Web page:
Barcelona – A Travellers Club Guide

According to Escape Here, Barcelona is the third most visited city in Europe, only London and Paris were ahead in 2015. If you can avoid peak seasons, it will be more enjoyable and cheaper.

An Introduction

Unlike its northern rivals it can boast stunning beaches alongside architecture, culture and history to attract visitors. It is easy to reach from many UK airports and is an ideal location for a short break. Barcelona is capital of the region of Catalonia, a region with its own culture and language. Rivalry with Madrid, the nation’s capital is strongly contested on the football pitch.


Barcelona is synonymous with the architect Antoni Gaudí. He developed a unique style influenced by nature with gothic influences. His masterpiece, the Sagrada Familia, is an enormous church still under construction ninety years after his death. The Pope consecrated it as minor basilica in 2010. As one of the world’s most iconic buildings, it is an absolute must see destination in Barcelona. Other creations of his in the city are Casa Mila, Casa Calvet, Casa Batllo and Park Guell, all masterpieces in their own right! Several of his works have been granted world heritage status.

Although now overshadowed, don’t overlook Barcelona’s 14th century Gothic cathedral. It is in the Gothic district together with many other fine buildings.

The Palau de la Música Catalana and Hospital de Sant Pau, Barcelona are also UNESCO listed, the former is a stunning concert hall whilst the former hospital is now a museum and art gallery.

The Nou Camp Stadium is home to Barcelona Football Club one of the richest clubs in the world so not surprisingly the ground is one of the largest. The museum is a major tourist attraction.

Culture and Sport

The 1992 Olympics projected Barcelona positively on the world stage, in order to prepare for the event, old industrial areas were cleared and areas were redeveloped.

Since the end of the dictatorship of Franco, use of the Catalan language has recovered and has recreated interest in cultural activity related to it.

The city has several theatres, museums, art galleries and concert halls most set in spectacular surroundings.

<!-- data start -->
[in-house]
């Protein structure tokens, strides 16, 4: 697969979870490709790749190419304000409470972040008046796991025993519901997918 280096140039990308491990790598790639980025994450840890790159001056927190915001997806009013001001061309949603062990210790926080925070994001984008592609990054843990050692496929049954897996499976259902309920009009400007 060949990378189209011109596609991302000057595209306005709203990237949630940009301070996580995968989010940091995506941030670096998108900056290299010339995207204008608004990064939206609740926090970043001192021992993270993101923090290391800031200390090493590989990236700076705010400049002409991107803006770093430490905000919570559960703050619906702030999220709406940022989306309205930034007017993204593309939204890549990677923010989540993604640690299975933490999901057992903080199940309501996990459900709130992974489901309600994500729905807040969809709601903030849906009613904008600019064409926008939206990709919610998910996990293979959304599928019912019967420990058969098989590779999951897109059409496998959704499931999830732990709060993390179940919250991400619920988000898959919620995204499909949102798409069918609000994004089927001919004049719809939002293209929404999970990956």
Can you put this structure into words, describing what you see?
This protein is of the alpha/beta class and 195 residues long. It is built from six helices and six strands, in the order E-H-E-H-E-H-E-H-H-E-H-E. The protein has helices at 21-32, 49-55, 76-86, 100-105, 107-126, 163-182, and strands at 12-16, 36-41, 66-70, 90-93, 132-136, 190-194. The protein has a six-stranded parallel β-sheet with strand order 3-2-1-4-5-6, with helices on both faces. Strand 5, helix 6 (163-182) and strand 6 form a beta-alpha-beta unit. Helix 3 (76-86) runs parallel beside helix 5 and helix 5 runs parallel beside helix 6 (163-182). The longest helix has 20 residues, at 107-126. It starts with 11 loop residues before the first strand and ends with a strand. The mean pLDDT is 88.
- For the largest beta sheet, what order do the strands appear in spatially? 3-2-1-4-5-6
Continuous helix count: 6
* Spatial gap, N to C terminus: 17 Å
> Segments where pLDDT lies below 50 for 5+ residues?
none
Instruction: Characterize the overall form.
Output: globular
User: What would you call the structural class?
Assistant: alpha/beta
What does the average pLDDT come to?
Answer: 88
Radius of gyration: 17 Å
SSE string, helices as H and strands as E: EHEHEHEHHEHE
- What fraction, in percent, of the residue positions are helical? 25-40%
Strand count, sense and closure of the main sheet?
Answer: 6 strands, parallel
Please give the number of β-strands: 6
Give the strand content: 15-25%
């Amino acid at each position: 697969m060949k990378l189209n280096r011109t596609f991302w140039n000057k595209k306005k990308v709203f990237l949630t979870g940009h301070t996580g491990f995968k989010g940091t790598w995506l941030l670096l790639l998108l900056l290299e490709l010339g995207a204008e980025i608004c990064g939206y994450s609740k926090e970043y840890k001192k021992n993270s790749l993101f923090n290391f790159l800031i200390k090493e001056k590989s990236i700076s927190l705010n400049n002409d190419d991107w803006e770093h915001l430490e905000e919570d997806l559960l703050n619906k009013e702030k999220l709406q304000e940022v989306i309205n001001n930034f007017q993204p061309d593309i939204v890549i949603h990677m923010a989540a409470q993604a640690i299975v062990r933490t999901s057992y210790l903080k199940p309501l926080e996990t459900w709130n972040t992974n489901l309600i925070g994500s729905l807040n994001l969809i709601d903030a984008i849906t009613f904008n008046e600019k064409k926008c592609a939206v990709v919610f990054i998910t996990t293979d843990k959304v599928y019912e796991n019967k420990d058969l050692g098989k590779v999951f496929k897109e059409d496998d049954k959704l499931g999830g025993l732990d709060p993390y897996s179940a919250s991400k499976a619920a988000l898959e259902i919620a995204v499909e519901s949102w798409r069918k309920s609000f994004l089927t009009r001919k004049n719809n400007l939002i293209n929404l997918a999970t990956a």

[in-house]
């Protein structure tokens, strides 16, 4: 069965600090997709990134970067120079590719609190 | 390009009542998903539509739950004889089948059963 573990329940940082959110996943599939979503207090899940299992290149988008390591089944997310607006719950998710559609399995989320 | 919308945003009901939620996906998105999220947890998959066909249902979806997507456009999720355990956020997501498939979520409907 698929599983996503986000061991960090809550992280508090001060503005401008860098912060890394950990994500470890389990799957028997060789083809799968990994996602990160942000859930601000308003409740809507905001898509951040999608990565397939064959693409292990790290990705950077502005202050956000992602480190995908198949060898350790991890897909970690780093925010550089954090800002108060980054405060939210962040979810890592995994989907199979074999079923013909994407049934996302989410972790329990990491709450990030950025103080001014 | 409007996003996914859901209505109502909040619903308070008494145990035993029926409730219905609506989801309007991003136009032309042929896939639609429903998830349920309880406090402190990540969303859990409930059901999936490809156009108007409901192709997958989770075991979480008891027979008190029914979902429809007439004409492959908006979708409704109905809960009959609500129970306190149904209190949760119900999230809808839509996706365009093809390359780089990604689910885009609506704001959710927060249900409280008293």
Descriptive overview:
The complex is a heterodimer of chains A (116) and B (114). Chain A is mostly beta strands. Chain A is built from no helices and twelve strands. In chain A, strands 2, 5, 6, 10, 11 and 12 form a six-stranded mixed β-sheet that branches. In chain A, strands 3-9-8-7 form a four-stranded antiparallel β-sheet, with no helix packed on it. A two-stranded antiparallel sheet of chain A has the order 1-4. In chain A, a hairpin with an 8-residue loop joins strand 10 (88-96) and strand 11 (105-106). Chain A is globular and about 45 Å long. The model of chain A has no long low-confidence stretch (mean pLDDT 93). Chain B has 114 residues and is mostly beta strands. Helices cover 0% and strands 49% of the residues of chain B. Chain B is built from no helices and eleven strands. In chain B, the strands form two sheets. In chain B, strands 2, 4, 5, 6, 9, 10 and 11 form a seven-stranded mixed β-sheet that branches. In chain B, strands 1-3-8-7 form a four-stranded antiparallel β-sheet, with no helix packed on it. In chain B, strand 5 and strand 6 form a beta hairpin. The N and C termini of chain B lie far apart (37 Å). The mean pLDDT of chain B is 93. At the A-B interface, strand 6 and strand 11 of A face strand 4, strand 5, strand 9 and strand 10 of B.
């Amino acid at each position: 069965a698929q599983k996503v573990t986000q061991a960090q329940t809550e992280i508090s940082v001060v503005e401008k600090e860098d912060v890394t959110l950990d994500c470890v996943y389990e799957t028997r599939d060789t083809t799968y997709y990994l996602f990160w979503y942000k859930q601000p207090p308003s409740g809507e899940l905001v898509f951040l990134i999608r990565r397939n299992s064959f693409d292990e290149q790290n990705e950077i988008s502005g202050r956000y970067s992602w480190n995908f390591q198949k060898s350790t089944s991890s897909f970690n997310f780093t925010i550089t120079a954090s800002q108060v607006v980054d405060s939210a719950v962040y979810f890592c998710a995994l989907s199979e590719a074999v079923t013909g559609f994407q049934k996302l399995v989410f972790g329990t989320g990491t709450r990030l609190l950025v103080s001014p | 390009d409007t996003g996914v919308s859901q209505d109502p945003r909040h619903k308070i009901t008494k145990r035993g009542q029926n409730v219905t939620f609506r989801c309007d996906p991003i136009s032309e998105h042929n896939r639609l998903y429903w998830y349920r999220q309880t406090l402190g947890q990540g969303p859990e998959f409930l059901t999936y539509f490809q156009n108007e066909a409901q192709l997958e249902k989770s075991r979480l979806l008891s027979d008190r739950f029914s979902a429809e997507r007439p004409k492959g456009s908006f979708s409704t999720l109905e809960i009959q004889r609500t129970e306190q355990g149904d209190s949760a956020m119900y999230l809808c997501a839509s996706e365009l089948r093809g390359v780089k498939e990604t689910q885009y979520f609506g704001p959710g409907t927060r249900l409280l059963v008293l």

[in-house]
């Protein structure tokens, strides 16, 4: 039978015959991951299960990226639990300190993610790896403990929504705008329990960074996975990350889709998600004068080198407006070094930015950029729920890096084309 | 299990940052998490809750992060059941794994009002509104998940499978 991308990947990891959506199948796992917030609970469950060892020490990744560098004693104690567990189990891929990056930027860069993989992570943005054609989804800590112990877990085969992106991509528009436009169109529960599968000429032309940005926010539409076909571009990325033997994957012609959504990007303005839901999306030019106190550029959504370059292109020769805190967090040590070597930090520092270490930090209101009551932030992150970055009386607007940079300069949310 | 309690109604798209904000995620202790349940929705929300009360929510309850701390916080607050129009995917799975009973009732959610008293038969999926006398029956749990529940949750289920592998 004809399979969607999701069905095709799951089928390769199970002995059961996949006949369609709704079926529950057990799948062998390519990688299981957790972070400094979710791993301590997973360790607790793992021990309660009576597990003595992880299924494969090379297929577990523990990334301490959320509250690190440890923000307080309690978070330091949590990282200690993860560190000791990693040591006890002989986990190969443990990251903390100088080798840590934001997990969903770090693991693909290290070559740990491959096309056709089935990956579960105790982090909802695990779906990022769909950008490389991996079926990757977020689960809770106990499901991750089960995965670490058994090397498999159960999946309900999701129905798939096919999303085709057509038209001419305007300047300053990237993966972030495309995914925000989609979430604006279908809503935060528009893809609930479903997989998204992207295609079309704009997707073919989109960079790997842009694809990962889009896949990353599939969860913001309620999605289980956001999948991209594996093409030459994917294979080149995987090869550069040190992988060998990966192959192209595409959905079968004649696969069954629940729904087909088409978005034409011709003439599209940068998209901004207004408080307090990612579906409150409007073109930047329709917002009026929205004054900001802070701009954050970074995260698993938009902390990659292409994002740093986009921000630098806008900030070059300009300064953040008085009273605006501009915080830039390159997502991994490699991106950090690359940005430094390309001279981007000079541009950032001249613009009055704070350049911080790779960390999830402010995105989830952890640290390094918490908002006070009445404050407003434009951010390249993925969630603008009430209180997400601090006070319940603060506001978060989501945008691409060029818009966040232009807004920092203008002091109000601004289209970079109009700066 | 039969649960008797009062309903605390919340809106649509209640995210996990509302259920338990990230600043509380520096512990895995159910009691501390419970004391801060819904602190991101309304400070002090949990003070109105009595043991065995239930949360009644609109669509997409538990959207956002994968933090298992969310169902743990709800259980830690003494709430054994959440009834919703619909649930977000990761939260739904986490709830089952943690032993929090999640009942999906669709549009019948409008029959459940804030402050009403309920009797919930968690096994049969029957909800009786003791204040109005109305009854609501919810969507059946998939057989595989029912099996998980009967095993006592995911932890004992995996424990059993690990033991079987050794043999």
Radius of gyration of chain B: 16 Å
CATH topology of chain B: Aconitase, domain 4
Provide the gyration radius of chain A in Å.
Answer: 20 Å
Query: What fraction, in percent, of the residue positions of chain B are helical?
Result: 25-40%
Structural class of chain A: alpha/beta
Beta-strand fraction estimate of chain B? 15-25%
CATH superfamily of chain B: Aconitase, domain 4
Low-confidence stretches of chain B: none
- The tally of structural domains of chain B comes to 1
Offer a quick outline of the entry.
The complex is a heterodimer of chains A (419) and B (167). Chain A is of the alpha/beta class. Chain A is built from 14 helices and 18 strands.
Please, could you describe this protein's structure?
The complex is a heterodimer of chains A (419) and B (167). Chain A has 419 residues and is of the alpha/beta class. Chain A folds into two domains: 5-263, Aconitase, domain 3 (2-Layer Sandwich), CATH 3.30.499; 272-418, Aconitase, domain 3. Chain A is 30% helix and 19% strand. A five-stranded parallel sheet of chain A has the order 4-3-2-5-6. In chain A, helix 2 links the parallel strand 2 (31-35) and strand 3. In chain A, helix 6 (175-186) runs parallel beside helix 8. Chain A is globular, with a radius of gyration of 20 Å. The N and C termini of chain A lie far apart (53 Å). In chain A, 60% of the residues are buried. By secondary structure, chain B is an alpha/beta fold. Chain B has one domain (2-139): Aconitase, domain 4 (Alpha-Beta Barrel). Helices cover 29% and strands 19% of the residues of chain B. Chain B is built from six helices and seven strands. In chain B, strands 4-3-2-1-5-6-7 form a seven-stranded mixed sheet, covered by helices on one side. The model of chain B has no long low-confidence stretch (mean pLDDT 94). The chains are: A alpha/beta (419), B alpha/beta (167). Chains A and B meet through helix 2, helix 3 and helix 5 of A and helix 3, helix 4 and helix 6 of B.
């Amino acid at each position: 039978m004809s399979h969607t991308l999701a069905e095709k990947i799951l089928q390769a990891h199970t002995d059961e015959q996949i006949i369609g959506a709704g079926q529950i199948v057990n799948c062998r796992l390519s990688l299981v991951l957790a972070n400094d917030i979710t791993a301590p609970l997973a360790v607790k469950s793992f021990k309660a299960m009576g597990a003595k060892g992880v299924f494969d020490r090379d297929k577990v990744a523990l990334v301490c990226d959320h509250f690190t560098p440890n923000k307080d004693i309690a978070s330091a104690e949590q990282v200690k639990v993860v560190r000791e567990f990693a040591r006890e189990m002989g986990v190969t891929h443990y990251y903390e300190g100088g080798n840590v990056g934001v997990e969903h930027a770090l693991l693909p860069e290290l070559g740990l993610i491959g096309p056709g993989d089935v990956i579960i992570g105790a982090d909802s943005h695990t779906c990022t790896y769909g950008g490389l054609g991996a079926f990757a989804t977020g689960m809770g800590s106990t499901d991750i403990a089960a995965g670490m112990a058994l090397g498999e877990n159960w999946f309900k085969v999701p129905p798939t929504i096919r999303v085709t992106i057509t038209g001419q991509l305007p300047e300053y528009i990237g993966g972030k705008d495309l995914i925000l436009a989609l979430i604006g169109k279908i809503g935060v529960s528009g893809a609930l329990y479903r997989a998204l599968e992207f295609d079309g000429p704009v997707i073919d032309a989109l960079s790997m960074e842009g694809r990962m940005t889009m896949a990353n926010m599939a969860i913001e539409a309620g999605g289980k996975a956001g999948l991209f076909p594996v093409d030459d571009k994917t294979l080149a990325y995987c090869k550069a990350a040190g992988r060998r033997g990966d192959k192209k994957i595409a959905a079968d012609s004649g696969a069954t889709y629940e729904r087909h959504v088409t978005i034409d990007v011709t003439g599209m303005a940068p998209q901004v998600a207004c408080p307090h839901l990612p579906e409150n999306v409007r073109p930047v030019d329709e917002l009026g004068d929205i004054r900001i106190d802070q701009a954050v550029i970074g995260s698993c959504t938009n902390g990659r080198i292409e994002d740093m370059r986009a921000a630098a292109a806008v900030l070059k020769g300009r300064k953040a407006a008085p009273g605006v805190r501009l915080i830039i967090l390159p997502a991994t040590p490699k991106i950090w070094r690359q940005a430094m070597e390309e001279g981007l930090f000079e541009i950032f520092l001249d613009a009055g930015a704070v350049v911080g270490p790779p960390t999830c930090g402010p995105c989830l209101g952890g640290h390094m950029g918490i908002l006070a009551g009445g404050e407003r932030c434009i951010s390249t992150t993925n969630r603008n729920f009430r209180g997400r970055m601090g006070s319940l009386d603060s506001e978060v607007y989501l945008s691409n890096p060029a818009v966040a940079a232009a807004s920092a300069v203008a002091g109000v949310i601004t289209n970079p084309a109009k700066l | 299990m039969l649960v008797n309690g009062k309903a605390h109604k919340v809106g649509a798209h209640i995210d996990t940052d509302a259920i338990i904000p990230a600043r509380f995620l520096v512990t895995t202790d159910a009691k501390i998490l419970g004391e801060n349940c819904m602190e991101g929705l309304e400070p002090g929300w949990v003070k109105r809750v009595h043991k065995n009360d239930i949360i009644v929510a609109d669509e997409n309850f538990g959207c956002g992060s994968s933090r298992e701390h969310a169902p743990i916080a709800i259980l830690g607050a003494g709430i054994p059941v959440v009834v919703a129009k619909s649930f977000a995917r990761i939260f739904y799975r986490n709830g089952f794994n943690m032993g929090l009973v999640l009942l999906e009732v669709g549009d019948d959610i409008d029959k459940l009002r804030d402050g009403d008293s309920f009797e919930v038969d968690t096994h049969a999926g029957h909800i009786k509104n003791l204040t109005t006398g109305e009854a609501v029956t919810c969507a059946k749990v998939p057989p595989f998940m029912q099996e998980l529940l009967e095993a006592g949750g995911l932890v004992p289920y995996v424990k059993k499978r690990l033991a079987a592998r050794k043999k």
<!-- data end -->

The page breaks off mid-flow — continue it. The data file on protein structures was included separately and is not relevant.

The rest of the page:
Montjuic is the hill adjoining the city, it has a long and mixed history with the remains of a castle, now as well as providing a green lung for the city, it is a place of culture, the Palau Nacional is the National Art Museum of Catalan it is fine building at the top of the hill overlooking grand landscaping of stone steps fountains. The hill is also home to the Olympic Stadium, the Botanical Gardens and several other museums.

The Montjuïc cable car is takes you from the city to the castle and gives great views of the skyline.


With so much to see in the city, it is easy to overlook the beaches. These are important in their own right, several travel writers place Barcelona in the top ten of cities with a beach. Along the three miles of coastline there are seven beaches, it is a popular beach destination for Spanish holidaymakers and for well informed visitors from further afield.

Eating and Sleeping

La Rambla is the most famous street in the city. The tree lined thoroughfare runs from the Christopher Columbus statue on the waterfront to the Catalonia Square (Placa de Catalunya) in the city. Now pedestrianised it is the home of many shops, restaurants and bars. To say it gets crowded is an understatement, it takes time to move along. Take care with your belongings.

Don’t skip visiting La Boqueria, the food market just off La Rambla. You’ll see why it’s crowded once you go inside, Bon Appetit!

As a major commercial and tourist destination, all types and levels of accommodation are available. Prices just outside the centre are lower.

Tourist Information

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